Opinion

Alex Kane: Unionism must stop holding out for a hero and sit down and talk

Alex Kane

Alex Kane

Alex Kane is an Irish News columnist and political commentator and a former director of communications for the Ulster Unionist Party.

Bonnie Tyler - holding out for a hero? Picture by Dominic Lipinski, PA
Bonnie Tyler - holding out for a hero? Picture by Dominic Lipinski, PA Bonnie Tyler - holding out for a hero? Picture by Dominic Lipinski, PA

Jeffrey Donaldson won’t have been one bit surprised that the contents of an email he sent to DUP members last weekend appeared on the front page of the Belfast Telegraph a few days later.

Actually, I wouldn’t be one bit surprised if he hoped it would be leaked. He wants DUP members and supporters (maybe even the UUP) to be aware of the scale of the problem he is facing; and he also wants key players in the UK and Irish governments, along with the EU and US, to recognise his internal travails.

He is a devolutionist. He acknowledges that any solution which removes devolution and restores some form of ersatz direct rule (which wouldn’t, I suspect, be all that far removed from de facto joint authority) would likely be bad for unionism.

Read more:

  • Brian Feeney: Expect nothing from leaderless, directionless unionism – Jeffrey Donaldson has boxed himself in
  • Tom Kelly: The DUP is now clutching at straws
  • Alex Kane: Jeffrey Donaldson alone can't decide if or when the assembly comes back – and the British government knows it

Let’s face it, if the primary concern of unionism since 2016 has been the serial shafting by Conservative PMs, governments, backbench groups and even Westminster’s opposition parties (who committed to the Windsor Framework before the ink had dried), then it seems unlikely they’d be of much use to unionism under direct rule.

Listening to some Duppers it would be easy to conclude they are believers in the Bonnie Tyler solution: holding out for a hero, ‘the streetwise Hercules to fight the rising odds’.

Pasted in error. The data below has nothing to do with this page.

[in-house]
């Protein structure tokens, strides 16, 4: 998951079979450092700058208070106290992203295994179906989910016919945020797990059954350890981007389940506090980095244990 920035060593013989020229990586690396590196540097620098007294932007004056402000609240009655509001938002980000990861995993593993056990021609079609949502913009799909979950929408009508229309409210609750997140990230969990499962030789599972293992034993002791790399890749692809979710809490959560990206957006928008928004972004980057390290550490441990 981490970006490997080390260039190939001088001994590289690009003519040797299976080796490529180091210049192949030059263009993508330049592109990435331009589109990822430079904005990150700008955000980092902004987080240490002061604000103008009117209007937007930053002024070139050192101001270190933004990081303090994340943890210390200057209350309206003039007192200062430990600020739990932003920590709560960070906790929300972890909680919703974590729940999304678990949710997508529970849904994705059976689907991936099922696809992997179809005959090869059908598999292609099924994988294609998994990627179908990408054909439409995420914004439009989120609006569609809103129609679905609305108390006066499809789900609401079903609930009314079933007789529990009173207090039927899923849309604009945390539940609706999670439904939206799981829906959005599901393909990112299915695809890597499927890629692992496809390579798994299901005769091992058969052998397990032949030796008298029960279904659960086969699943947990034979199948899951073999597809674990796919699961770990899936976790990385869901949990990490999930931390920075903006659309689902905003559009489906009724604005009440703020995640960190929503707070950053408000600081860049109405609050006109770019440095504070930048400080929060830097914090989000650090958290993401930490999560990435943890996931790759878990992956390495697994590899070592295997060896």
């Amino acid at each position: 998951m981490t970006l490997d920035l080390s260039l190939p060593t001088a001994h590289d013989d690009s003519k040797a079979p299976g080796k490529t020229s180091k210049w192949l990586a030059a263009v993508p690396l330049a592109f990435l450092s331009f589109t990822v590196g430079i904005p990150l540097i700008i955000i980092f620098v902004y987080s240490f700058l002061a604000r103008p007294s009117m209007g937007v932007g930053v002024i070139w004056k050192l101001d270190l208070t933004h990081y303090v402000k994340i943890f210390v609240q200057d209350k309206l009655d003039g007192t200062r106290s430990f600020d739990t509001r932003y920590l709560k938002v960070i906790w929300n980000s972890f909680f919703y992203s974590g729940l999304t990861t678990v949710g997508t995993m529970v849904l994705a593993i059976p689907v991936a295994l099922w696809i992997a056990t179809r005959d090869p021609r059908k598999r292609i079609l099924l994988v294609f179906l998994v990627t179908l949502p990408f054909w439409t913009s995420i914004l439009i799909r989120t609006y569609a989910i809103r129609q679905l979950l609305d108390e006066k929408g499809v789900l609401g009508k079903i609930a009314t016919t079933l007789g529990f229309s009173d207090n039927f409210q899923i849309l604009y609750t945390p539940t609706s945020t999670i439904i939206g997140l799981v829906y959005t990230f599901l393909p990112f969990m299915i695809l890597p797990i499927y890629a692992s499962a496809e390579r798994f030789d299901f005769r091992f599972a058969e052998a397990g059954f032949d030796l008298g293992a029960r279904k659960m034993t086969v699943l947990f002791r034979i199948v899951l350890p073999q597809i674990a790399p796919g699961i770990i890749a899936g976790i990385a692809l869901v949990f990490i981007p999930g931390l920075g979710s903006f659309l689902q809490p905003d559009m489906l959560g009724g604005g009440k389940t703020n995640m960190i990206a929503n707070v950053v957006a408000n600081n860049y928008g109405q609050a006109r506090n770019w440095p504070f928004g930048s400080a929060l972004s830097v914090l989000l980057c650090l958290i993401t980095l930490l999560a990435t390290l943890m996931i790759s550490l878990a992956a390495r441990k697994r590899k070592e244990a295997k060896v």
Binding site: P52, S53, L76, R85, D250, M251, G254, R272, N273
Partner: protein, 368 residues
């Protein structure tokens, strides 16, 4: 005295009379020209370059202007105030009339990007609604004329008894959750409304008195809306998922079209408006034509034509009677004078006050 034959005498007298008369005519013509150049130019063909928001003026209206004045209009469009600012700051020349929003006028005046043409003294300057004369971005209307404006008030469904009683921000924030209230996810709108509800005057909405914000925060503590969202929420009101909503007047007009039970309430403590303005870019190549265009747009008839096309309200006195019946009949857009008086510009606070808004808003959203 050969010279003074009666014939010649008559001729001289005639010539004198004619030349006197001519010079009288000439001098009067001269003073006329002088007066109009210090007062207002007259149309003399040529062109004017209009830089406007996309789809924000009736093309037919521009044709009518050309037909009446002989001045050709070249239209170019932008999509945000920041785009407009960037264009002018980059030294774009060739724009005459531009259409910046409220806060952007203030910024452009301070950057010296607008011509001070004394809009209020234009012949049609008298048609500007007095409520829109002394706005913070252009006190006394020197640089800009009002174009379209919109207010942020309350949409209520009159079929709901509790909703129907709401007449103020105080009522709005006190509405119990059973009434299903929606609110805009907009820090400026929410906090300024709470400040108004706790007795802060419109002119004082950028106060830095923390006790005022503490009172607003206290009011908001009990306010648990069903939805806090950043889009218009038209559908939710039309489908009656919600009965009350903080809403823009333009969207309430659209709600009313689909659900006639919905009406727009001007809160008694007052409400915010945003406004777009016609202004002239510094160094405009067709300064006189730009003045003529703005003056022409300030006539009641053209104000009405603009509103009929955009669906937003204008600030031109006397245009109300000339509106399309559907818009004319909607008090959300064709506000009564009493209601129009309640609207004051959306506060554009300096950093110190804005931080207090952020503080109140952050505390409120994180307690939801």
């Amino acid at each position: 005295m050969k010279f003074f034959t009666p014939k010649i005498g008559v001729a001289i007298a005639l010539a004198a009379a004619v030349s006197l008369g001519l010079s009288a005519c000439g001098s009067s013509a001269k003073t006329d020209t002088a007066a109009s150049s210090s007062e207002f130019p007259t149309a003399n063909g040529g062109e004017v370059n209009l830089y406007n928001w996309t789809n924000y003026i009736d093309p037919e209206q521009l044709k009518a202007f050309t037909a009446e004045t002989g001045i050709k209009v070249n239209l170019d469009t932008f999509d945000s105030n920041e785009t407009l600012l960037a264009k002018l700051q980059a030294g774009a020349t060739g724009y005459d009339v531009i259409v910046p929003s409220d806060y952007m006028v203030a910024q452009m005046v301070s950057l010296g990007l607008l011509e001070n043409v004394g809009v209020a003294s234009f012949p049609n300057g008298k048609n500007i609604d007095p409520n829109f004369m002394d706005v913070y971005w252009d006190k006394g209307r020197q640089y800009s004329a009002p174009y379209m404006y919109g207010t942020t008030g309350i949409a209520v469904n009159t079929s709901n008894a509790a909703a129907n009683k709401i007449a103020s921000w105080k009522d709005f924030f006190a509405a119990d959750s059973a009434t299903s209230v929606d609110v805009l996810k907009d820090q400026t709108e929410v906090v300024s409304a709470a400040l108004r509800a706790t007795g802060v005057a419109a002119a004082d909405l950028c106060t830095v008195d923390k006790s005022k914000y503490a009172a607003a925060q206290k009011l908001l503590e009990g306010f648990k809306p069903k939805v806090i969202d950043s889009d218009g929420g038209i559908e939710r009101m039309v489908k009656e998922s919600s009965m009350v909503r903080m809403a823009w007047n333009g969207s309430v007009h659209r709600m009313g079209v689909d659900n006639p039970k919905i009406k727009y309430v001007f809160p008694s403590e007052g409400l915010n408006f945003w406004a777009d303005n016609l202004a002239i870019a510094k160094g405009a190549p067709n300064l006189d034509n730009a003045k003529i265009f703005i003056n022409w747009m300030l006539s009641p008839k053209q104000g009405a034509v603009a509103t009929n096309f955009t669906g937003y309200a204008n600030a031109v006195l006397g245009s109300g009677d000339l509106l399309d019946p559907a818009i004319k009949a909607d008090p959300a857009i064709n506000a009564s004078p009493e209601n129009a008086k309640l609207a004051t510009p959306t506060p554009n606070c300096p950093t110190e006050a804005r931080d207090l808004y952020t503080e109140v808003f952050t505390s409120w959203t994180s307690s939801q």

Or they dare to dream that Keir Starmer will scrape to power on a wing and a prayer and come crawling to them with a “let’s rip up the Framework’ confidence and supply arrangement.

I was listening to one of unionism’s strongest Brexiteers a couple of days ago, as he made the case for every unionist refusing to support a return to any form of devolution which conveyed the impression that unionism would, by choice, assist in the subjugation of the union.

When pushed on what the alternative was, he suggested a return to what might best be described as the old-fashioned unionist values which underpinned unionism during the Home Rule crises from the mid-1880s to 1921 and the creation of Northern Ireland.

But what he didn’t mention was that Northern Ireland, complete with its own parliament, required an acceptance of a huge compromise by unionism. Unionism didn’t want it. It viewed partition as a perpetual threat to ‘Ulster’ unionism and a devolved parliament as a form of governance that didn’t apply in the rest of the UK.

Yet it accepted it because the potential alternatives were worse. Lord Carson’s ‘puppets’ speech was a recognition that ‘Ulster’ unionism was different to GB unionism; as well as confirming that, when it came down to it, there was no particular emotional attachment to the new Northern Ireland from Westminster’s political establishment.